Lockheed F-104A Starfighter
The Lockheed F-104 Starfighter is a single-engine, high-performance supersonic interceptor aircraft, originally developed for the United States Air Force. The F-104 was a response to American pilots who were concerned that the Russian MiG-15 was superior to their aircraft, and that a small and simple aircraft with excellent performance was required.
The F-104 featured a radical wing design. Most jet fighters of the period used a swept-wing or delta-wing platform to ensure balanced overall performance. The Starfighter’s wings were very small, thin, straight, and mid-mounted for supersonic flight. The new wing design’s leading edges were so thin (0.41mm) and sharp that they presented a hazard to ground crews, and protective guards had to be installed during ground operations. The thinness of the wings also required fuel tanks and landing gear to be placed in the fuselage.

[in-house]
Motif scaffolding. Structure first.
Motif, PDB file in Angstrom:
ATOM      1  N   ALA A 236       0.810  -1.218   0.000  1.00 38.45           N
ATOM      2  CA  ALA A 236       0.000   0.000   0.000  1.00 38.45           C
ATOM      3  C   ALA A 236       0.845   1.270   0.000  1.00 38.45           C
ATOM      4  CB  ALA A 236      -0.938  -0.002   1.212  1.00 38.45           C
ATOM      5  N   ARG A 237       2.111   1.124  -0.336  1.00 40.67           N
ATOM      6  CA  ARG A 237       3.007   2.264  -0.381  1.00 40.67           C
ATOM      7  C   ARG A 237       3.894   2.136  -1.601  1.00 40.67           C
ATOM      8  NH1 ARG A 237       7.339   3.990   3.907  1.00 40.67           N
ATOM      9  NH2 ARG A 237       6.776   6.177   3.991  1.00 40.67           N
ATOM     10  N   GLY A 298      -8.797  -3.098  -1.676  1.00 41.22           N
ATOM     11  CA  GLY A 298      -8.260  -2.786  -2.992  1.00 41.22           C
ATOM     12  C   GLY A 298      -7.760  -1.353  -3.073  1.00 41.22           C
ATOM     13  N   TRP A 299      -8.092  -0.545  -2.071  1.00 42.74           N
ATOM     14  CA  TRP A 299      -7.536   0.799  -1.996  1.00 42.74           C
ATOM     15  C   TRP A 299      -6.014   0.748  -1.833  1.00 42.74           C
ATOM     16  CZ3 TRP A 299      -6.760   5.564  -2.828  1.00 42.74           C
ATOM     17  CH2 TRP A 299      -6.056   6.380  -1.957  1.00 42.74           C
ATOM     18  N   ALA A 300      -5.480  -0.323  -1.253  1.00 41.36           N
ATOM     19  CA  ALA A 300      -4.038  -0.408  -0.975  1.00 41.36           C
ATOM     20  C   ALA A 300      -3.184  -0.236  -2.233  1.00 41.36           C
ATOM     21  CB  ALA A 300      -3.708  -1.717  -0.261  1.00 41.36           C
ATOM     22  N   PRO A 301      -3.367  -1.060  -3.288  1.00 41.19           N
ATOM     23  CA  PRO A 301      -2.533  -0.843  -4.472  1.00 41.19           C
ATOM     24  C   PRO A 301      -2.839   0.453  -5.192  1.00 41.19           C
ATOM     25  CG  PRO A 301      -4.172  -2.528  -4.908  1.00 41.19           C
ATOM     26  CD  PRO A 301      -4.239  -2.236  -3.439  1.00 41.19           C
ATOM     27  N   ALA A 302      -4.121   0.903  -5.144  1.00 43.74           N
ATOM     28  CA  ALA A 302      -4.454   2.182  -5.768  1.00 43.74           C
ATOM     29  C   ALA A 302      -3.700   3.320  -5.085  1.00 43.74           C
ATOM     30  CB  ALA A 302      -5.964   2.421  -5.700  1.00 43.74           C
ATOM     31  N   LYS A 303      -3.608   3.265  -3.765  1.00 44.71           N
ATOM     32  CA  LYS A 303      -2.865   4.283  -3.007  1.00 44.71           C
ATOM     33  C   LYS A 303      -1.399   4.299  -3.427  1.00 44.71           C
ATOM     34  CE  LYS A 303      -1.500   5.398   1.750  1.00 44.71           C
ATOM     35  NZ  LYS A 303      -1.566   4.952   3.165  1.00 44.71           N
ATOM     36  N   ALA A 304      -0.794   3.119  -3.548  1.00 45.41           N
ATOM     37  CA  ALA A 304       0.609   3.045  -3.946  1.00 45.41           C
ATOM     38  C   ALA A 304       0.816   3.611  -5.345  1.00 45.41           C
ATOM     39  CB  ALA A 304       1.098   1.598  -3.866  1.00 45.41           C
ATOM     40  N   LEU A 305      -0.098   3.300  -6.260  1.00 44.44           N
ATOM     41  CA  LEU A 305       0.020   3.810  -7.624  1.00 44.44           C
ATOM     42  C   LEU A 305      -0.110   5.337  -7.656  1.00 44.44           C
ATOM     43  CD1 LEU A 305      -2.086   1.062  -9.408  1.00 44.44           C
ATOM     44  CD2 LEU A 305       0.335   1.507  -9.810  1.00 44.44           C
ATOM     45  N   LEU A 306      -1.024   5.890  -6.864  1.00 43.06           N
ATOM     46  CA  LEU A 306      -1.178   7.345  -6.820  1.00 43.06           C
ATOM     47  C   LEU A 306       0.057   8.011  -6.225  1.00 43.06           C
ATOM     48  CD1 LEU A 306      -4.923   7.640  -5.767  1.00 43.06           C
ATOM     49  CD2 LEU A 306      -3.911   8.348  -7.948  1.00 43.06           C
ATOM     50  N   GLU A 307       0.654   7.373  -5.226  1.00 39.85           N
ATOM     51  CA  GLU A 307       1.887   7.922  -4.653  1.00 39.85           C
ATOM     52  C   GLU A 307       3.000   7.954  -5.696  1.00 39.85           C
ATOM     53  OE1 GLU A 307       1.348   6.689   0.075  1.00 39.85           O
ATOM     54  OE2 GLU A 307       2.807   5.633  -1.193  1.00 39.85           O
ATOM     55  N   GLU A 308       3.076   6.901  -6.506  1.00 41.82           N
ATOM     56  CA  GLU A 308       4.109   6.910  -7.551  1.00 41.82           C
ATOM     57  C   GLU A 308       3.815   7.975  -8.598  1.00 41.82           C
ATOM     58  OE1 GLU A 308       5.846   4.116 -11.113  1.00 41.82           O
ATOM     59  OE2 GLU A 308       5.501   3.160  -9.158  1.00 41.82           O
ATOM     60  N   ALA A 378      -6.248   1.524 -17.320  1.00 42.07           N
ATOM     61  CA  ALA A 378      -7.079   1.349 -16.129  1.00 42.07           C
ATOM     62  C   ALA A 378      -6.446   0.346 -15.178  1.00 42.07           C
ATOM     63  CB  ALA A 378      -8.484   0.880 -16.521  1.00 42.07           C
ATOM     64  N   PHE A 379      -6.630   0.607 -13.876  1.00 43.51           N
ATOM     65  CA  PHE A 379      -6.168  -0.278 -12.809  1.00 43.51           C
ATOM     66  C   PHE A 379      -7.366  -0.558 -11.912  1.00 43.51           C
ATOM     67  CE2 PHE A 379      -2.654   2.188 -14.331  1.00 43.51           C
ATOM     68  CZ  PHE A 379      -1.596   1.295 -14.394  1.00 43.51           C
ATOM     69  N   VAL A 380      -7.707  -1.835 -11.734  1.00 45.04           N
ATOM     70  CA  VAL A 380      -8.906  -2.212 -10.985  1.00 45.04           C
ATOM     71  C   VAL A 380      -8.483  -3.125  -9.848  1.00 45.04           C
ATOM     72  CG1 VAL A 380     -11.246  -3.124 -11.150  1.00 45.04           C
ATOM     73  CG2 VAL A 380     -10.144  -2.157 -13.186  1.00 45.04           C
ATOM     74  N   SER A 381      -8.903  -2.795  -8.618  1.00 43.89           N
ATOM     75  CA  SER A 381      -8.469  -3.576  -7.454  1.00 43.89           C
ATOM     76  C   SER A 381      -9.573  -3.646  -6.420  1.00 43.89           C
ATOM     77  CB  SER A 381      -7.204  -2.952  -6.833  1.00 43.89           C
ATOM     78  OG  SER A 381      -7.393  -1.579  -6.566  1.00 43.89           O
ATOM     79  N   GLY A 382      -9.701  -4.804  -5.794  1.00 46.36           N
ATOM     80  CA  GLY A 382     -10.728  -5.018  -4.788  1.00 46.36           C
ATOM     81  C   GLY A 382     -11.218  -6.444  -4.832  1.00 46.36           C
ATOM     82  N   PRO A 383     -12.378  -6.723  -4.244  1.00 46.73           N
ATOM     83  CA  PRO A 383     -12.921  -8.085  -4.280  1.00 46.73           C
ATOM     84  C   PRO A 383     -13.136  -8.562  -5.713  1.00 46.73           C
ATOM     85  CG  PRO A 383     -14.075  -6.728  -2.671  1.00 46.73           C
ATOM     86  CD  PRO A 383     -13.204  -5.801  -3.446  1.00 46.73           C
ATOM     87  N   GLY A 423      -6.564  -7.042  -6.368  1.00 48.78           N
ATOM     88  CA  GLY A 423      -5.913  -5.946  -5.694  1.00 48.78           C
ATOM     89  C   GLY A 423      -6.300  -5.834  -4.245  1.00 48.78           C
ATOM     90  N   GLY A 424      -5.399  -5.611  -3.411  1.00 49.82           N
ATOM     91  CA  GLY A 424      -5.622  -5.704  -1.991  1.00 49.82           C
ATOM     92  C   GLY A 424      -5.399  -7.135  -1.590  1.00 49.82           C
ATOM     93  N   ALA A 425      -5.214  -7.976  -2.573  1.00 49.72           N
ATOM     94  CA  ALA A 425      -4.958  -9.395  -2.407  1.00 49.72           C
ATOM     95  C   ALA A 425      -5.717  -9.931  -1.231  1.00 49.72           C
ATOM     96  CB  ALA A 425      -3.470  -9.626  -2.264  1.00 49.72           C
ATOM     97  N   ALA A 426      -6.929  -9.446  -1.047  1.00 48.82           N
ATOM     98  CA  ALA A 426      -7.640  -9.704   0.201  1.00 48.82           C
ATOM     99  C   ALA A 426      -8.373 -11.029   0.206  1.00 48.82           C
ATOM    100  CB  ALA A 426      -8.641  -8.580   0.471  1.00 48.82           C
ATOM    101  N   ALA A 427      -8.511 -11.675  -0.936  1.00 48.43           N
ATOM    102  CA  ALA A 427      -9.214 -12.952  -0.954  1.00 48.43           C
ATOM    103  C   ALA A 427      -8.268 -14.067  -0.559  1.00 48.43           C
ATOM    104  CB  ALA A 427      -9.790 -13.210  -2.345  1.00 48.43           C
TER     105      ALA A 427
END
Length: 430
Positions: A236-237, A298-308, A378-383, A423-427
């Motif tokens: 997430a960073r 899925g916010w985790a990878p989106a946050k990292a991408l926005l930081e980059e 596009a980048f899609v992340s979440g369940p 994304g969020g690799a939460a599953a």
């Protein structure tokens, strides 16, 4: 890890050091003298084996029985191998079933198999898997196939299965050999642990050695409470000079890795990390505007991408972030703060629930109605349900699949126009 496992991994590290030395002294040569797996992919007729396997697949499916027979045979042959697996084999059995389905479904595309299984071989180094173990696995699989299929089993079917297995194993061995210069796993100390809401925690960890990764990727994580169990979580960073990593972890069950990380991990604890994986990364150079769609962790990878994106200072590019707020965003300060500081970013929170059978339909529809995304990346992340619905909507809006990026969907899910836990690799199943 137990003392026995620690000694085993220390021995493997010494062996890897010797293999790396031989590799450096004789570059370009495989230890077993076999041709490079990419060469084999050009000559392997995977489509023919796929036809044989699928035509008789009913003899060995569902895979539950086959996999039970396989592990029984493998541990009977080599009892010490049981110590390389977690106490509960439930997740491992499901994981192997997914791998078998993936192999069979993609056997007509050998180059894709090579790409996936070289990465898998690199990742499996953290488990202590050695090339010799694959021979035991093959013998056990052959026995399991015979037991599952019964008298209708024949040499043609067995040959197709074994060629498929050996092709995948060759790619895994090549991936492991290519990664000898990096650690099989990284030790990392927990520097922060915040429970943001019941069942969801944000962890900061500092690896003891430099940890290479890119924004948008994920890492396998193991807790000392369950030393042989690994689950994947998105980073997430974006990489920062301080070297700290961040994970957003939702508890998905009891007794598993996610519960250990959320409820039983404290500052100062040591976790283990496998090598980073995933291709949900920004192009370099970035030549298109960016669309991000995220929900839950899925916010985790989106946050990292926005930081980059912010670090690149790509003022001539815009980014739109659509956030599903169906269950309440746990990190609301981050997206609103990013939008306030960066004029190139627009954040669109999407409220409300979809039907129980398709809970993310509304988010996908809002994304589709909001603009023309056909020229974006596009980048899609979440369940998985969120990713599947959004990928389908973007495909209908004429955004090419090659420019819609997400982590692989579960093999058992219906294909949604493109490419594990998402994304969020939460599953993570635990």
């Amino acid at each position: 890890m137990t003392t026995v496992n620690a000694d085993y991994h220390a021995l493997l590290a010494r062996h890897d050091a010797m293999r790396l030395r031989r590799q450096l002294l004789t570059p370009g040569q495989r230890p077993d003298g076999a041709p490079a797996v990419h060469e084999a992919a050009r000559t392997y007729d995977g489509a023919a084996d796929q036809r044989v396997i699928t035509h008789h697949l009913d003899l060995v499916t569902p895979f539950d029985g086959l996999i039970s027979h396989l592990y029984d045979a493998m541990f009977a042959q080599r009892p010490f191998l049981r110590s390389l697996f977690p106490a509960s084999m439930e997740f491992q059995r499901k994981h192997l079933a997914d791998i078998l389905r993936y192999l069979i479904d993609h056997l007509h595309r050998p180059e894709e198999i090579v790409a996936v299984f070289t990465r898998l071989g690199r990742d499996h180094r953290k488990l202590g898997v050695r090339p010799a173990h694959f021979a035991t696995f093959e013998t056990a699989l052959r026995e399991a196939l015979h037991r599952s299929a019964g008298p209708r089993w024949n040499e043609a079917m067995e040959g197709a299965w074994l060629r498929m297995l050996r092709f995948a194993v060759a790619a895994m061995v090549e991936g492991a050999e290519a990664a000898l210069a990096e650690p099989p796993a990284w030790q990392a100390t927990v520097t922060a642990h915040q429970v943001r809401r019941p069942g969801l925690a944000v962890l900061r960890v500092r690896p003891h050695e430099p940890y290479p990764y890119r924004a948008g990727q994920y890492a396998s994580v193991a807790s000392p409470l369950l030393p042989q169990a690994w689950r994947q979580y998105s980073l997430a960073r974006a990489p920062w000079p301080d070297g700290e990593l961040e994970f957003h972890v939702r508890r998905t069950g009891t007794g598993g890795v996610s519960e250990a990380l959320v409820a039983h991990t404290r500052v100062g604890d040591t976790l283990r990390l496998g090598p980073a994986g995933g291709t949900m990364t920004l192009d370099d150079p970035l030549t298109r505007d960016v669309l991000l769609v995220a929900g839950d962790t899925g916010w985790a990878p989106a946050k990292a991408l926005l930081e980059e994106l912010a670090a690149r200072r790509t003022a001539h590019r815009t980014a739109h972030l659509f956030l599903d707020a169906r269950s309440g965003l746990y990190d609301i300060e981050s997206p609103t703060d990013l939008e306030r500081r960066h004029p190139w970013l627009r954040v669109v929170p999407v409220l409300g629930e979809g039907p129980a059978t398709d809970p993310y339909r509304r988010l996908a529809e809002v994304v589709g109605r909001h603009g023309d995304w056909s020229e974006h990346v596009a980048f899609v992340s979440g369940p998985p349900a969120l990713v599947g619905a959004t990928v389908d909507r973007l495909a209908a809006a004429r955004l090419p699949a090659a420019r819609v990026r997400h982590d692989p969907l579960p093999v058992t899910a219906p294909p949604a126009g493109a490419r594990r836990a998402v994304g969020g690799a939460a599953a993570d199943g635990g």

Early F-104s used a downward-firing ejection seat out of concern over the ability of an upward-firing seat to clear the T-tail empennage at high speeds. This presented obvious problems in low-altitude escapes, and 21 USAF pilots failed to escape their aircraft in low-altitude ejections because of it. Later models were fitted with an upward-firing seat capable of clearing the tail.
The Starfighter served for the USAF from 1958 until 1969, and continued with Air National Guard units until it was phased out in 1975. A total of 2,578 F-104s were produced by Lockheed and under license by various foreign manufacturers.